Who Are You Calling a Drunk?

What's the Retirement Millionaire Daily research team drinking?

Like responsible adults, most of my researchers enjoy the occasional alcoholic beverage. So we spent some time this month discussing the health benefits of wine, beer, and whiskey.

A few people asked us why we're promoting alcoholism. More on that below...

We're also answering questions about how to save money on your Internet bill and why you don't get sunlight's benefits through a window.

Do you disagree with our advice? Or are you benefiting from our tips? Let us know at [email protected].

Q: Doc, how about the negative effects of alcohol! Seems as if you're condoning a lot of alcohol use as a benefit. How about if you let your readers know that excessive alcohol does liver damage, kidney damage, and sleep problems. – T.H.

A: This was only one of many similar e-mails telling us to stop condoning alcohol abuse. Funny, I don't remember recommending folks get drunk every night...

We've said it many times before, but we'll say it again: Moderation is key.

You see this all the time in medical studies, where the greatest benefits come from moderate amounts of alcohol, exercise, sleep, etc. Too much and too little can be dangerous – something called the "Goldilocks effect."

We don't recommend drinking to excess. One to two drinks a night is about average for most people. This can change based on your personal tolerance and health. And make sure to check your medications before imbibing – some drugs have nasty side effects when mixed with alcohol.

And if you want to avoid alcohol altogether, you can still benefit from our research. Most of the health benefits of alcohol come from antioxidants, B vitamins, and ellagic acid. You can easily get antioxidants from blueberries, B vitamins from fish, and ellagic acid from raspberries. I love eating a handful of berries every day, usually with my breakfast. And I try to eat one or two servings of fish every week.

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Q: In November 2015, you posted an article on how to ditch cable TV. Much obliged to the info you shared and I have taken advantage of what I learned in that article. Is there a complementary technique to "cutting the cord" with your Internet provider (or at least lowering the monthly bill there as well)? Some smartphone users have opted to use their phones as their singular access point, but I'm still wanting to use my desktop/laptop for such experiences. – K.L.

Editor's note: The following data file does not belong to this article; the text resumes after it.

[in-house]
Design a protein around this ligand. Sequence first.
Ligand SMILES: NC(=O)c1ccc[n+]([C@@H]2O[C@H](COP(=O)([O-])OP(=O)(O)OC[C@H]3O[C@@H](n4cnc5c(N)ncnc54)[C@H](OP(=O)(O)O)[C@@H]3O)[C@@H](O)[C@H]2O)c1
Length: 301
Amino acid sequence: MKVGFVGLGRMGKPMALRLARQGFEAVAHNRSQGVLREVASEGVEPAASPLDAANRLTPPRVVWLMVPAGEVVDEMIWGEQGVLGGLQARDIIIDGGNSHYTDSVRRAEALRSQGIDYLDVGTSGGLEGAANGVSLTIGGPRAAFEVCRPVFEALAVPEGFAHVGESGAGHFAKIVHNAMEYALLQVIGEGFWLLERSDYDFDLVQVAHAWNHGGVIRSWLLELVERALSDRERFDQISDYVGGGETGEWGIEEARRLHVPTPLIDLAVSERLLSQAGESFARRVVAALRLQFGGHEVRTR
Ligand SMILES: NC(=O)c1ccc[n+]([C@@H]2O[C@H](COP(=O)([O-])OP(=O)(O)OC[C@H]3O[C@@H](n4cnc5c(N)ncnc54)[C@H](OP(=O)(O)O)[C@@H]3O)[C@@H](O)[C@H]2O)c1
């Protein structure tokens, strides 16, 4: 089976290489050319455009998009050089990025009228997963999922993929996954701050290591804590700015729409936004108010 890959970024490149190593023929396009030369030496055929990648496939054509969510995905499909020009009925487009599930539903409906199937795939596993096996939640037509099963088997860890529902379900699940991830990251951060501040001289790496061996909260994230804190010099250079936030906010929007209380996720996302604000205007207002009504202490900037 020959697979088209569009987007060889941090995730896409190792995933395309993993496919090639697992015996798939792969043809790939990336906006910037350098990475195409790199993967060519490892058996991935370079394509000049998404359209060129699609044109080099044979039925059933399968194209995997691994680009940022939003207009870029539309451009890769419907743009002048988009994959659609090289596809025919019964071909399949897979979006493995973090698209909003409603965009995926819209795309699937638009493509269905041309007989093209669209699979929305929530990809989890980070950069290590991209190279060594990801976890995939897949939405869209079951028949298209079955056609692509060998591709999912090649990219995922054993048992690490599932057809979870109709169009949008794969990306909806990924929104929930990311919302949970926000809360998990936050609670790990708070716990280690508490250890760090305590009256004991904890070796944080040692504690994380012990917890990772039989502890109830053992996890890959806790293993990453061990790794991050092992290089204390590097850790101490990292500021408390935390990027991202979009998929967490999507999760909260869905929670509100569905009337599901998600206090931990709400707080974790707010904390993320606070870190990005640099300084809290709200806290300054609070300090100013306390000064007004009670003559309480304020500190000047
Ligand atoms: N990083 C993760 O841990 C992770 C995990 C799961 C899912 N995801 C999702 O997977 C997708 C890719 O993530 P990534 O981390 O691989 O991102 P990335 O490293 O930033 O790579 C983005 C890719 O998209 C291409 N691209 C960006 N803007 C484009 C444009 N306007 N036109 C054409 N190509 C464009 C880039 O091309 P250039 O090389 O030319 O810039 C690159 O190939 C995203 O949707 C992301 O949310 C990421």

A: Unless – as you mentioned – you're willing to use your smartphone for Internet, there's no widespread way to cut the cord. But there are some ways to save on your Internet bill.

One tip we got from Retirement Millionaire subscriber Jack V. is to just try calling your Internet provider. Jack saw a lower rate advertised for new subscribers of AT&T's high-speed Internet service. He called, but a representative said the rate was only for new subscribers.

After a few phone calls, Jack discovered that the retention department had "hidden rates" for customers who call with complaints. Jack lowered his bill by about 50% and even got a faster Internet connection. Jack told me it's "a good process to do a couple times a year... just to make sure you have the best available rates."

Q: You have mentioned the benefit of getting in the sun to build vitamin D in the body. Is there any vitamin D generated from sunlight coming through a window pane? – C.H.

A: Longtime subscribers of my Retirement Millionaire newsletter are familiar with the benefits of vitamin D. The vitamin D produced by the body from sunlight may be critical in preventing diseases such as multiple sclerosis and depression.

Sunlight contains broad-spectrum ultraviolet (UV) light. UVB is the wavelength that stimulates production of vitamin D. (It's also the wavelength that causes your skin to burn.) UVB rays don't go through glass.

UVA rays do pass through glass. However, because they reach deeper levels of skin, the DNA damage they cause lasts longer, increasing the risk of developing certain types of skin cancer. Little is known about the benefits of UVA alone, though it is thought to stimulate the body's production of nitric oxide – a molecule that could have a role in cardiovascular protection.

So if you're hoping to sit by a window to avoid the cold weather and still get your daily dose of vitamin D... don't.

Do what I do... Go outside and get some sunlight. Even a 30-minute walk in the winter sunlight can generate enough natural vitamin D with all the normal isomers the skin and body create and use for the day.

Q: Is there somewhere I can search for the information Dr. Eifrig presented on where to find the best, lowest price or last minute cruise deals? It would be GREATLY appreciated. – R.H.

A: We wrote about cruise deals in our essay, A Luxury Cruise Without the Luxury Price Tag. Let us know if you use it to save money on your cruise!

We keep all of our issues on our website – retirementmillionairedaily.com. If you can't find what you're looking for, just use our search box (in the upper right-hand corner). Still can't find it? Just let us know at [email protected].

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